Brody annotates Evans thus:-
"4) There is discord between #2 and #3. For example, serotonin has at least 15 different receptors identified and is involved in temperature regulation, digestion, eating, sleep, sex, and self esteem. Are all of these to be considered part of a "serotonergic spectrum disorder"? A client taking an SSRI "feels better" but may also be less attentive to their family. Current practice is to inquire about mood but not about all the ancillary activities that are also tied to SSRIs."
I think that taking neurophysiology off the two dimensional page can be misleading.
The brain has evolved the precise abilities to use single transmitter chemicals for many purposes without creating interference. Life would be impossible it systems such as vision or balance were grossly affected by large amounts of shared transmitter or modulator chemical being produced in adjacent brain areas. Many systems are necessarily subservient to emotional activity. Respiratory and cardiac functions are notable examples. It is the very detachability of mood or emotion from the routine of homeostatic regulation that makes pharmacological definition possible.
A quotation which I think helps is reproduced from Rolls, A Theory of Emotion, Cognition and Emotion, 1990, 4, p 166.
... (Many brain systems use lateral inhibition in order to maintain sensitivity to contrast constant, but this is not possible in the emotion system in which absolute levels of reinforcer must be reflected over moderately long time spans). The difficulty of maintaining a constant absolute level of firing in neurones such as these may contribute to "spontaneous mood swings, depression which occurs without a clear external cause, and the multiplicity of hormonal and transmitter systems which seem to be involved in the control of mood......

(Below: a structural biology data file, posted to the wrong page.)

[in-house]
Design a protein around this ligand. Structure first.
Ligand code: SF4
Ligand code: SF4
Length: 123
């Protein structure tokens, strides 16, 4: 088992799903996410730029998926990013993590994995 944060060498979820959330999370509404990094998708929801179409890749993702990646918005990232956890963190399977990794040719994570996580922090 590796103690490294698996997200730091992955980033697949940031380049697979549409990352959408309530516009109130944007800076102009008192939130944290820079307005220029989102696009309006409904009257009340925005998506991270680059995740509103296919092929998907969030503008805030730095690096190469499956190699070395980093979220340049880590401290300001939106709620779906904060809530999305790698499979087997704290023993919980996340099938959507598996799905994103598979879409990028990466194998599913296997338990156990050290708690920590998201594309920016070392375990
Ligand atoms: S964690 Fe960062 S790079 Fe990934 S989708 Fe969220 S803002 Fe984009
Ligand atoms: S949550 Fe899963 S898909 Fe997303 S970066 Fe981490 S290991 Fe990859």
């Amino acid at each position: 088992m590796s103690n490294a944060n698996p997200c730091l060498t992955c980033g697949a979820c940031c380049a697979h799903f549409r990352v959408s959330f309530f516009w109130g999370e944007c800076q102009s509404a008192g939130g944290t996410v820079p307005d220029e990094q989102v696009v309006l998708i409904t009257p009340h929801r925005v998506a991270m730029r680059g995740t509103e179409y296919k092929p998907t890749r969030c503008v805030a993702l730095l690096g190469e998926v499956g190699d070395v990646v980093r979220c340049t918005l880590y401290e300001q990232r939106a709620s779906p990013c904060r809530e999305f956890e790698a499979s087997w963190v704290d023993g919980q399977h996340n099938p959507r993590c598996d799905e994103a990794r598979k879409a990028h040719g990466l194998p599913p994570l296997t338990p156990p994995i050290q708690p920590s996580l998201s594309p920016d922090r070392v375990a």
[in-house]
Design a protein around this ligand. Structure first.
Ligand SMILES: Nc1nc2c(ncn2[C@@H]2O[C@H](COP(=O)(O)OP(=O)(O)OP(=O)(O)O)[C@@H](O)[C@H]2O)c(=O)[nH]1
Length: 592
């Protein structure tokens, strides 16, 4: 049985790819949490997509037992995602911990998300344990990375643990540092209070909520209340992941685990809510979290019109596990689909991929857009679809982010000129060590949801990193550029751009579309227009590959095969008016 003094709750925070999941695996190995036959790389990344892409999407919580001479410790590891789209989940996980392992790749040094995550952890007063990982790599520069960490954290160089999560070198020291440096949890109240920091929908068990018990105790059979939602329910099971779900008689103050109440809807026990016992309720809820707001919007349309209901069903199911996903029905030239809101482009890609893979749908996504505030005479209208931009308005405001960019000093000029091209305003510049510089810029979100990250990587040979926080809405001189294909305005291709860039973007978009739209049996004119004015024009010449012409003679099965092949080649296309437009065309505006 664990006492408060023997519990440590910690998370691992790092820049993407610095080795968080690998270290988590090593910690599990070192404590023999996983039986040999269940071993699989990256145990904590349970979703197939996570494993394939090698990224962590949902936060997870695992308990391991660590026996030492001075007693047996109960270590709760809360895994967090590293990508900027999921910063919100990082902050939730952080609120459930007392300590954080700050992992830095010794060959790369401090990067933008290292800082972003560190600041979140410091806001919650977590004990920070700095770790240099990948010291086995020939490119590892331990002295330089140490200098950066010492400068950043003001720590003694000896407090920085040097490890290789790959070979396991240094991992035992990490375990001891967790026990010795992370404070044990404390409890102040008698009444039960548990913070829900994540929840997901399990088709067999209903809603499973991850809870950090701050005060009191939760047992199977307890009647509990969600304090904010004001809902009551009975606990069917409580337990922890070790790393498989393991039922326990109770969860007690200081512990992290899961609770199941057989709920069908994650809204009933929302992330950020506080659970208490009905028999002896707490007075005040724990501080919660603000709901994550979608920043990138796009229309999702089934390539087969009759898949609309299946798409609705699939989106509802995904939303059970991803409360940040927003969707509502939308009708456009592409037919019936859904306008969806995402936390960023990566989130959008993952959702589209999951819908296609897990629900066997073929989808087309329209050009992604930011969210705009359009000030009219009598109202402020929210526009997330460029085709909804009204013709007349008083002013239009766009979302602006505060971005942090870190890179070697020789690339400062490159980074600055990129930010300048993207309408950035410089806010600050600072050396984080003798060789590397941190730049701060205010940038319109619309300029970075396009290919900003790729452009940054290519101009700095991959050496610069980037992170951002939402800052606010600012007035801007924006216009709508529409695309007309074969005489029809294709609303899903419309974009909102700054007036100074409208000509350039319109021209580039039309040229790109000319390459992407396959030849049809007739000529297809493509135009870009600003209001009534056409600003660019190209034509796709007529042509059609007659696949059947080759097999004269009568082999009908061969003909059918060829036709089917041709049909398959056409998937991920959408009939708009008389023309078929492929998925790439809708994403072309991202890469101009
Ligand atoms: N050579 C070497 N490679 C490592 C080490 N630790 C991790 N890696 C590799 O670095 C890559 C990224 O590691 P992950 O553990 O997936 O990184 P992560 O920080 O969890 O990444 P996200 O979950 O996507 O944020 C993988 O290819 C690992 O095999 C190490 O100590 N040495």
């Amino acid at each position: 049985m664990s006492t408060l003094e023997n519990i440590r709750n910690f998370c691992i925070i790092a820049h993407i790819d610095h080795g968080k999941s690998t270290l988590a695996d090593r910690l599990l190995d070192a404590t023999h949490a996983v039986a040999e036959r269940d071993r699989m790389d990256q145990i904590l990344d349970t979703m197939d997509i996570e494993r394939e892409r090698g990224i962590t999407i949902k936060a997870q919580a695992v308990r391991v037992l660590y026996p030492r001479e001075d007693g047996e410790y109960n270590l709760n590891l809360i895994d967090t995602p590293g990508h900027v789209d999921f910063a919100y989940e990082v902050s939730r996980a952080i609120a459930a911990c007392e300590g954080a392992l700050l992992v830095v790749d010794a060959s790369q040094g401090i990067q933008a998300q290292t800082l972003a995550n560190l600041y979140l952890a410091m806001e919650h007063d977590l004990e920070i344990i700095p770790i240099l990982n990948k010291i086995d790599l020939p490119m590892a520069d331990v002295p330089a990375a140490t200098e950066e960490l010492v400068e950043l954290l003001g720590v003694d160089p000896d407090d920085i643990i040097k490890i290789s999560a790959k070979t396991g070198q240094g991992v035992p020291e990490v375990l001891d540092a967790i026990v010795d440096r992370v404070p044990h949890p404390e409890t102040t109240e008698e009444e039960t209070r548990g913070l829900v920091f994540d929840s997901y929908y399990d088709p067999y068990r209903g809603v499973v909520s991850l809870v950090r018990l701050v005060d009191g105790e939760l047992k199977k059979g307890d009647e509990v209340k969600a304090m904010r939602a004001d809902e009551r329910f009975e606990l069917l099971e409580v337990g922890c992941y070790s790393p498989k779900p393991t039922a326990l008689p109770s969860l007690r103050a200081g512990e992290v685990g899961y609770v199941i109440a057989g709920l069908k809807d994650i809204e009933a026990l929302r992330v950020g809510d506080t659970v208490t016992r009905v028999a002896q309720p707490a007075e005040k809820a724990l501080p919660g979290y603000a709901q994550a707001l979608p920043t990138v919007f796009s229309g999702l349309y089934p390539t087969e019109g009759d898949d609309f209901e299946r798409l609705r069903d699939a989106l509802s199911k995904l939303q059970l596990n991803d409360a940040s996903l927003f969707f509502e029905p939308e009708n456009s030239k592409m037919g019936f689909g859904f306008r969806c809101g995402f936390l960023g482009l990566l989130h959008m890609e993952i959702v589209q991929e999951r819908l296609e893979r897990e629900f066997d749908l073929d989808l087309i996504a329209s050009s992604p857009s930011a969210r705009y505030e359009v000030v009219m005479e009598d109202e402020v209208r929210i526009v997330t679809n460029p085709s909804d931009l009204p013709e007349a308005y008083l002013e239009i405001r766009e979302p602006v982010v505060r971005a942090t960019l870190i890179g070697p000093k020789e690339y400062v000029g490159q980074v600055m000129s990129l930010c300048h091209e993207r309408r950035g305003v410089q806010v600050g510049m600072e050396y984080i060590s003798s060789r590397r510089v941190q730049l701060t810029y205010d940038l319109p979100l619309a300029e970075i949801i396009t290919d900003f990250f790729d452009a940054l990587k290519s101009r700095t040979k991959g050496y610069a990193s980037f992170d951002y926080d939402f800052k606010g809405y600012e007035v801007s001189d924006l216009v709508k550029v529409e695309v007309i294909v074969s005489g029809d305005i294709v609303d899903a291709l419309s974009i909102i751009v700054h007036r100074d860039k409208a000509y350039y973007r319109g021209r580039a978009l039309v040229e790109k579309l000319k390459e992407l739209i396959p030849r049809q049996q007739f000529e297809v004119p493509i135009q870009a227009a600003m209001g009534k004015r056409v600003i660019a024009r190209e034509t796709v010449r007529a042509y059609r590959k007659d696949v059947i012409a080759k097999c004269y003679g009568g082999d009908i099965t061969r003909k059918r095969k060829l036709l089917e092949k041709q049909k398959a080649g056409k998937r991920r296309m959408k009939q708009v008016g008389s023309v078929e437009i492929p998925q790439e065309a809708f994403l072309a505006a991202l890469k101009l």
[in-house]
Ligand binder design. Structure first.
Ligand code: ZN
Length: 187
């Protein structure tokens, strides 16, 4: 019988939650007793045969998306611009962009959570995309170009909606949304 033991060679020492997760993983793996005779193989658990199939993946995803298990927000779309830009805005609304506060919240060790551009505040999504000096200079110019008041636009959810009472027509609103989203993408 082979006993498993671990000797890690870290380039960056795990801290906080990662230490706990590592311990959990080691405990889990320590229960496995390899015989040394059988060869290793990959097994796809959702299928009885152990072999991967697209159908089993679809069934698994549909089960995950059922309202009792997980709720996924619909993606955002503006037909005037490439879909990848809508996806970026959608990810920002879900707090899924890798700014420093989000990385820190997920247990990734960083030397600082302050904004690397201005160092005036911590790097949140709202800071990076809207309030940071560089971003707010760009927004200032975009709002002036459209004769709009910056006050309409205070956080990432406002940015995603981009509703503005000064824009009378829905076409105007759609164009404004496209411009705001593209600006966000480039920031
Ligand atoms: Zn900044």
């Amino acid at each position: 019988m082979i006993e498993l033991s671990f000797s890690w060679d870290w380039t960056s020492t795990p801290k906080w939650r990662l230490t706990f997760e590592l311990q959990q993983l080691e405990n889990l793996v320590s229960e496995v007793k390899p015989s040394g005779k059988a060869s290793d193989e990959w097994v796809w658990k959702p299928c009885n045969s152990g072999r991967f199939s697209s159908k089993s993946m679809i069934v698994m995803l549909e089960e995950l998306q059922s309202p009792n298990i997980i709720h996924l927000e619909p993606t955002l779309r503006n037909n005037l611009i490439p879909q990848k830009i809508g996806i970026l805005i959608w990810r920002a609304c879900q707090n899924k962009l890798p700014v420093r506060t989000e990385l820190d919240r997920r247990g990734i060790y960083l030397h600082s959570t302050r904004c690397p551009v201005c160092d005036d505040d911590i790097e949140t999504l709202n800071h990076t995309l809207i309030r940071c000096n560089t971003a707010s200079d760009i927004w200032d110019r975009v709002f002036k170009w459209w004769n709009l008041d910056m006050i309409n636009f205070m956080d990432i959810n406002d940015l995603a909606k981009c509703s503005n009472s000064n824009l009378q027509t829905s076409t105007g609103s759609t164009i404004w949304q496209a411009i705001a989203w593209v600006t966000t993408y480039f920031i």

Secondly "A client taking an SSRI 'feels better' but may also be less attentive to their family."
Quite so. Is this not predictable and consistent? An SSRI may make a person "better" in the sense of experiencing greater "resting contentment" or "a sense of getting a result or reward from life". Can we not allow that a person who is more self contented may be less in need of feedback from trading contact with others? Might it be the case that the idealised examples of maternal and social "groomers and carers" are to some extent the more needy individuals? (With some difficulties in adjusting to the loss or escape of their care objects !). Such a fuss is made about the individual who is so self fulfilled and hence preoccupied as to appear chilly and ungiving to the emotional craver. Since the latter writes the noisiest books and creates the greatest outcry (s)he tends to demonise folk who might simply be envied as rather complete.
We always seem to want it both ways.
Robin (Your average overneeder)